Energy supply

Sometimes I wonder if we are paying the real price for energy, especially the price for oil used in transportation: Bear in mind that fifty percent of oil is used in vehicles. Recently, the price of gasoline at the pump hit another record high. Nobody started screaming though. Perhaps it’s still a bargain. It is for me.

The volatility of oil prices in recent years would indicate that we don’t pay the real price for energy, but a false one. It’s a price which everyone subconsciously knows is far too cheap. But as long as we benefit we don’t complain.

Obviously many geo-political factors cause the oil price to fluctuate. But the real question is whether you can call the magnitude between 30 dollar and 150 dollar per barrel a fluctuation.
If you look at oil supply and oil demand than supply will be finite and consumption will increase with growing populations and development of countries. Considering our huge dependence on oil and the current volatility in price, the real price must be higher.
In real life the vast majority of today’s supply chains (at least the ones in low margin industries with long product lifecycles) are based on false oil prices with manufacturing in low-wage countries, long supply chains, frequent deliveries and low inventories.
What if the real price of energy is about to hit the surface? Logically, everyone will switch tactics and try to lower transport costs. This will mean less frequent deliveries of higher quantities and thus higher inventories. Another consequence will be the increased use of cheaper (thus slower) modes of transportation. And this means even more stockpiling in order to manage the effects of higher oil prices.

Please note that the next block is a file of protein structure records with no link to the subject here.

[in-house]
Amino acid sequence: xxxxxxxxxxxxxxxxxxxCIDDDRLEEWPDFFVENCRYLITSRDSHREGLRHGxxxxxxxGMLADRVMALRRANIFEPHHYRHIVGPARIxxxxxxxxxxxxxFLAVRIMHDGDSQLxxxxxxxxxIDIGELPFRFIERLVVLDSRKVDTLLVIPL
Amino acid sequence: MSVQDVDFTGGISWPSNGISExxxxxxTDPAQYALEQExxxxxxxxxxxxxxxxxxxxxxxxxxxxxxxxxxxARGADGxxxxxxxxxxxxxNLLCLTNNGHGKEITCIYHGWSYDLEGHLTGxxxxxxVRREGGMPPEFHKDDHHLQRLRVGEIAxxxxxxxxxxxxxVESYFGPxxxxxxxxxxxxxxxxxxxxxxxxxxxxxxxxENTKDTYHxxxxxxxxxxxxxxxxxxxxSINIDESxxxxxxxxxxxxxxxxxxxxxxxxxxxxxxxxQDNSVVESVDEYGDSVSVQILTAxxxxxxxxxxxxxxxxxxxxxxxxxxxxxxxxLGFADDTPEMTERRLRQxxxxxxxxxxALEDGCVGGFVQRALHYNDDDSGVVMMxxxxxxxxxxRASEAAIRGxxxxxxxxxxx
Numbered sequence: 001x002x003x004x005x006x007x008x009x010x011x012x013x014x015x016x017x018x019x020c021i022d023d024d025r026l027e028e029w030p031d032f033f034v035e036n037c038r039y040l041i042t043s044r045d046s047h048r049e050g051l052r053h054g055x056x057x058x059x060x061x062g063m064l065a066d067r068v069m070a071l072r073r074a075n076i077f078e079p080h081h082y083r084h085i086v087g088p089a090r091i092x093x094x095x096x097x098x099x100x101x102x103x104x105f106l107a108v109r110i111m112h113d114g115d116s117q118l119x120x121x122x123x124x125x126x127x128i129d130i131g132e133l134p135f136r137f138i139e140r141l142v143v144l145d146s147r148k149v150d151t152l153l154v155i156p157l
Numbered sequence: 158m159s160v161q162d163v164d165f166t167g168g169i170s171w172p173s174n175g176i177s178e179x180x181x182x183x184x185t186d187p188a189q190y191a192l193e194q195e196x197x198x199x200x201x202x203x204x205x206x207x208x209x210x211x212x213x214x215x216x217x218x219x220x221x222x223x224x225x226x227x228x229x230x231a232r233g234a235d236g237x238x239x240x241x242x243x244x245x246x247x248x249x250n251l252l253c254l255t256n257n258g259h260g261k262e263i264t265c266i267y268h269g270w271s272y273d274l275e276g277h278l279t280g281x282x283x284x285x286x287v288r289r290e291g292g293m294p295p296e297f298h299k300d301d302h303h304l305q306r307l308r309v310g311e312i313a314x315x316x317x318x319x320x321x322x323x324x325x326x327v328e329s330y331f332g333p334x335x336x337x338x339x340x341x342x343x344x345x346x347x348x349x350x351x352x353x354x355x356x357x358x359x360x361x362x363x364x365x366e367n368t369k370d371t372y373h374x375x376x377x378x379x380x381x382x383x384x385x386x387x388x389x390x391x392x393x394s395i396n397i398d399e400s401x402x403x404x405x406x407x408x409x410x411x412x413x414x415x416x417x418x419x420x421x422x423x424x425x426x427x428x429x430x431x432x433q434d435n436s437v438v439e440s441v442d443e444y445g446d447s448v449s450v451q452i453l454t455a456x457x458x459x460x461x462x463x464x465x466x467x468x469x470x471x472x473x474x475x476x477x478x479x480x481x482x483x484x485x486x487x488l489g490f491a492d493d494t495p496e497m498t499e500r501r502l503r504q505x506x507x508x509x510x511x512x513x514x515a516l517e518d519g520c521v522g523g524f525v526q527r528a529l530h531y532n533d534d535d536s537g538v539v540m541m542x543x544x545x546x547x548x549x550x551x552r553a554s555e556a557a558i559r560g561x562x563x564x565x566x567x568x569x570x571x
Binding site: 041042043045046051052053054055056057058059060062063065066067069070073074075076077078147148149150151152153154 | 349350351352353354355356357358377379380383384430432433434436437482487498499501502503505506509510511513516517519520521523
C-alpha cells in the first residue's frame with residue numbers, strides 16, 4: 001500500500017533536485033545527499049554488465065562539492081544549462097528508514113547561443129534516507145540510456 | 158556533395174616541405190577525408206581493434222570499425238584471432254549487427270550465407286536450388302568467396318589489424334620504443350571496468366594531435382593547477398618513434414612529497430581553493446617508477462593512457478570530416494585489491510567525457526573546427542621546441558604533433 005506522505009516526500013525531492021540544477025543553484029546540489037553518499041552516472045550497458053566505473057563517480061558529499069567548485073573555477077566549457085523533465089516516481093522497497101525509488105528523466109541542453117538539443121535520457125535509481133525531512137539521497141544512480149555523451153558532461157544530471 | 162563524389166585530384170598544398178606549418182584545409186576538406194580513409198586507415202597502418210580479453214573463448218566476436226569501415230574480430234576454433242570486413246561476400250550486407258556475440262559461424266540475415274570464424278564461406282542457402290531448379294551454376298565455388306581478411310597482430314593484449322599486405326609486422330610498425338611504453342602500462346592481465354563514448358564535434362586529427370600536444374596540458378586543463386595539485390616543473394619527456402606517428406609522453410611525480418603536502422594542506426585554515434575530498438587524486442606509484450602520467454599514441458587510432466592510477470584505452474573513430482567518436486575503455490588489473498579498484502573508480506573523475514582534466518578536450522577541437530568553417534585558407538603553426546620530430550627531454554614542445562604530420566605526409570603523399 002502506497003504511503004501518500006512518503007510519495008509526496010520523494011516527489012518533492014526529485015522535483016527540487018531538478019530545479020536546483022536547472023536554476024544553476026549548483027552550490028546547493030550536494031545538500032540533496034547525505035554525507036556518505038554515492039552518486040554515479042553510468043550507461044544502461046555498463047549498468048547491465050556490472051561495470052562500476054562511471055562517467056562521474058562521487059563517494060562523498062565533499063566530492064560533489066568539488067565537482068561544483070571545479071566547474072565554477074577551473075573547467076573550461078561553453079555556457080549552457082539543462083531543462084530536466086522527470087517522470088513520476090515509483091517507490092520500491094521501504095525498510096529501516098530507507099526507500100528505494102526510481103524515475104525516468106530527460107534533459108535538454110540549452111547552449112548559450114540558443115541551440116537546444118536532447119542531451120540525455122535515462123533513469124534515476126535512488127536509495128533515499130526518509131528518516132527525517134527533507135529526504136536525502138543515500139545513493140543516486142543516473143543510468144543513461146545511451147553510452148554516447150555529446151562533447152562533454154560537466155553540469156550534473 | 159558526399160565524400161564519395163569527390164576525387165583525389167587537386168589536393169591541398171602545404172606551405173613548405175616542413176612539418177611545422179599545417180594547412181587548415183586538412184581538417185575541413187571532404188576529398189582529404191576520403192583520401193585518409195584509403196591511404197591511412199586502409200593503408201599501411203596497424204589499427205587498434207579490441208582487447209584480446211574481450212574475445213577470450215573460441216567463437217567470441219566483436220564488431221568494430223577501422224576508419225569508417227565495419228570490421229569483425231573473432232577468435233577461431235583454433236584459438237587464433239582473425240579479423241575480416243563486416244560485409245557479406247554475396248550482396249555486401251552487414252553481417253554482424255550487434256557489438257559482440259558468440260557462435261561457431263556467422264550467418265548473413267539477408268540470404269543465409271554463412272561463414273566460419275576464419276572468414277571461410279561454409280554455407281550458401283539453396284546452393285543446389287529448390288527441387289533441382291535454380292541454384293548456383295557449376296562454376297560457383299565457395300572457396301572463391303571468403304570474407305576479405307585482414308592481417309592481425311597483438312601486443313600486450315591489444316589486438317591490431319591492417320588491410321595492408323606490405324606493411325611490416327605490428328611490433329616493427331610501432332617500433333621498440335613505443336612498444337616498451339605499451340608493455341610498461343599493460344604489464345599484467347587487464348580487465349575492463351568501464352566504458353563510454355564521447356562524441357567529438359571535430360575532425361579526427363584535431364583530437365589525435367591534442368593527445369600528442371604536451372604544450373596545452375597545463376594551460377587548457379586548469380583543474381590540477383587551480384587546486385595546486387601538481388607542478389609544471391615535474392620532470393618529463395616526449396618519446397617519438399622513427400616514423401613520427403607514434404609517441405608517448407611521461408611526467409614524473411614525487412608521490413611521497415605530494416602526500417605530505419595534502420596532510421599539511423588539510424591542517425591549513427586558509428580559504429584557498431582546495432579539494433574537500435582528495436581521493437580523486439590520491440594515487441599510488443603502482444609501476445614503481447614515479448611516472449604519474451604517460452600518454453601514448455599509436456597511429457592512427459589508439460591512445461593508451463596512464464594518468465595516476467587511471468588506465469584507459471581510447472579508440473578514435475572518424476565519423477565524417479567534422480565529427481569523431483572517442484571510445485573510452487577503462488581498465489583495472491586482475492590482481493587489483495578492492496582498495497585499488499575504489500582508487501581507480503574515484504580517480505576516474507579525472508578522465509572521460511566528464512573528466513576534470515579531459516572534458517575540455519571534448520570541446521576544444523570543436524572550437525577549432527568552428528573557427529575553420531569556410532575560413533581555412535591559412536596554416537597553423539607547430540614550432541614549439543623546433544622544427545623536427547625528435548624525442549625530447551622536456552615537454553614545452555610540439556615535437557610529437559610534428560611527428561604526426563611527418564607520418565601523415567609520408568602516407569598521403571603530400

Calculations by Massachusetts Institute of Technology in Boston show that if oil prices rise, higher inventory costs will contribute more to the rise in logistics costs than the shipping costs. The cure would be worse than the disease.

A better solution is at least to be aware that we are paying a false price for oil today and we will be paying the real one in the future. This means that the supply chain strategy has to be adjusted: bring supply closer to the market and reduce the length of the supply chain thereby lowering stock levels.
For those who do not accept and believe there are plenty of alternatives, it might be worth remembering that the wind turbines are not just running on wind. They are also heavily subsidised.

 Jaap-Willem Bijsterbosch
Managing Director
TruEconomy Consulting